When Jesus therefore saw His mother, and the disciple whom He loved standing by, He said to His mother, “Woman, behold your son!” Then He said to the disciple, “Behold your mother!” And from that hour that disciple took her to his own home. John 19:26-27 Jesus directed his disciple John to take care of Mary, his mother, in his absence. Mary had apparently been widowed and was being cared for by Jesus himself. Even while suffering in agony, Jesus demonstrated his care for his mother. The body of Christ should demonstrate the same passion for its members (mothers). And He stretched out His hand toward His disciples and said, “Here are My mother and My brothers! For whoever does the will of My Father in heaven is My brother and sister and mother.” Matthew 12:49-50
Jesus was pointing out that spiritual relationships are as binding as physical ones, and he was paving the way for a new community of believers to be formed as Jesus’ spiritual family. This family would be characterized by love; the members should desire to be together, work together, and share one another’s burdens.
The Five Star Hotel
“I see what you’ve done. Now see what I’ve done. I’ve opened a door before you that no one can slam shut. You don’t have much strength; I know that; you used what you had to keep my Word. You didn’t deny me when times were rough. “And watch as I take those who call themselves true believers but are nothing of the kind, pretenders whose true membership is in the club of Satan—watch as I strip off their pretensions and they’re forced to acknowledge it’s you that I’ve loved.”Because you kept my Word in passionate patience, I’ll keep you safe in the time of testing that will be here soon, and all over the earth, every man, woman, and child put to the test. “I’m on my way; I’ll be there soon. Keep a tight grip on what you have so no one distracts you and steals your crown. Revelation 3:8-11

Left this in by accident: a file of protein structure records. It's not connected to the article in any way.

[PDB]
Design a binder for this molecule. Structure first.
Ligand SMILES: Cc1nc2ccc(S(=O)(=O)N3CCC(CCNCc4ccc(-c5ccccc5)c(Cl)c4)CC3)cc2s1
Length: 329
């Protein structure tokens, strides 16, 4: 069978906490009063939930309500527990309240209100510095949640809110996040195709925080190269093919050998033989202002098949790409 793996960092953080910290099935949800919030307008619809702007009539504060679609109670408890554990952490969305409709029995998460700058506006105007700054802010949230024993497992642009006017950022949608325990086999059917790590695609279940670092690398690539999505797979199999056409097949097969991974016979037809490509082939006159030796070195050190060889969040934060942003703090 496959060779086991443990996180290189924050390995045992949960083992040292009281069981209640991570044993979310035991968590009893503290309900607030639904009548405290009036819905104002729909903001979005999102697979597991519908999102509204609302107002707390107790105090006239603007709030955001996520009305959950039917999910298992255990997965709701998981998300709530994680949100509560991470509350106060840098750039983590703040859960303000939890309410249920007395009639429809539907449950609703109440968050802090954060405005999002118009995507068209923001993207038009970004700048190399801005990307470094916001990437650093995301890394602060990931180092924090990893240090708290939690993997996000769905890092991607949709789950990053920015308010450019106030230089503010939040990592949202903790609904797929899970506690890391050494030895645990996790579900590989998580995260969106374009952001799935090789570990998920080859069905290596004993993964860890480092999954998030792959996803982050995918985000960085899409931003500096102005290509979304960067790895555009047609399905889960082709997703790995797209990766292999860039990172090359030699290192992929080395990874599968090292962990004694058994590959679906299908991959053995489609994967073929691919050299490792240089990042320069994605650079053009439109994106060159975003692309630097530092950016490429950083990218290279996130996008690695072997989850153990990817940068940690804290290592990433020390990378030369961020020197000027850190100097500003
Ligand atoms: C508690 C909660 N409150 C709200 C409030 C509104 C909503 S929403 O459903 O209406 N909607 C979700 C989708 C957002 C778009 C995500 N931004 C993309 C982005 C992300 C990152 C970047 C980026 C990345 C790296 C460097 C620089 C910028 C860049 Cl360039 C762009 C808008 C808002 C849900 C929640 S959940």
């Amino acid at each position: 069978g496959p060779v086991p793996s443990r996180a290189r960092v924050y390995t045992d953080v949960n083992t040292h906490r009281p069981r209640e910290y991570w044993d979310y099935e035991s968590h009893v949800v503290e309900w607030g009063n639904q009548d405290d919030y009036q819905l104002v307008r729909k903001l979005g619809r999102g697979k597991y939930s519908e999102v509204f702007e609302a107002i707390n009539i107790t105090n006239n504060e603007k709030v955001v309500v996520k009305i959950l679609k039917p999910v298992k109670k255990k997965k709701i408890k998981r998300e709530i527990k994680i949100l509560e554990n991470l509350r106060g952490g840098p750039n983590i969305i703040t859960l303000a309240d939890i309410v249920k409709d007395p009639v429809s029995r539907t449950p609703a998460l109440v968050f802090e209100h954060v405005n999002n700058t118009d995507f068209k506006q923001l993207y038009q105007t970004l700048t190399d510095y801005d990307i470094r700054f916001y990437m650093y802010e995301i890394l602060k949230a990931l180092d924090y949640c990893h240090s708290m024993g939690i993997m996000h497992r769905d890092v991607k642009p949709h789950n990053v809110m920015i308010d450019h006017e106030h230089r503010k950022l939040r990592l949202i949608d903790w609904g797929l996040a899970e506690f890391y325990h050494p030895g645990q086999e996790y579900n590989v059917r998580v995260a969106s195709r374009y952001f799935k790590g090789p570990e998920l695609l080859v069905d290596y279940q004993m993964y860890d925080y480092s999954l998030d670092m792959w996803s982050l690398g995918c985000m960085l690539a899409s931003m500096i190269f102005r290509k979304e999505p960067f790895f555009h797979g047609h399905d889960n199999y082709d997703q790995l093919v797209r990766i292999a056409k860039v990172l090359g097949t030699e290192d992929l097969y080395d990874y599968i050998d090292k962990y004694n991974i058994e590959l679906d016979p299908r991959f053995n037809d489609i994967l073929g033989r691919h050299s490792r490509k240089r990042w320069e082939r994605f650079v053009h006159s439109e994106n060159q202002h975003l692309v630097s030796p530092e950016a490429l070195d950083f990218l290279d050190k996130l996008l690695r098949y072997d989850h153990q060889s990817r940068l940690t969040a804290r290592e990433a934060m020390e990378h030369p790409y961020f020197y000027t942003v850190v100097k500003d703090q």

So often I wonder if I am losing my mind because of the thoughts I have sometimes. I often wonder if I am the only one thinking the way I think. My wife tells me, normal (not the word she uses, but maybe what she is thinking) people don’t think the way you do. I am sure if John had a wife when he was writing the book of Revelation she would have said him the same thing him, my wife say to me sometime. My suggestion to my wife is always follow me, if I am wrong the worst thing could happen is you will deepen your relationship with God and His people. But what if I am right?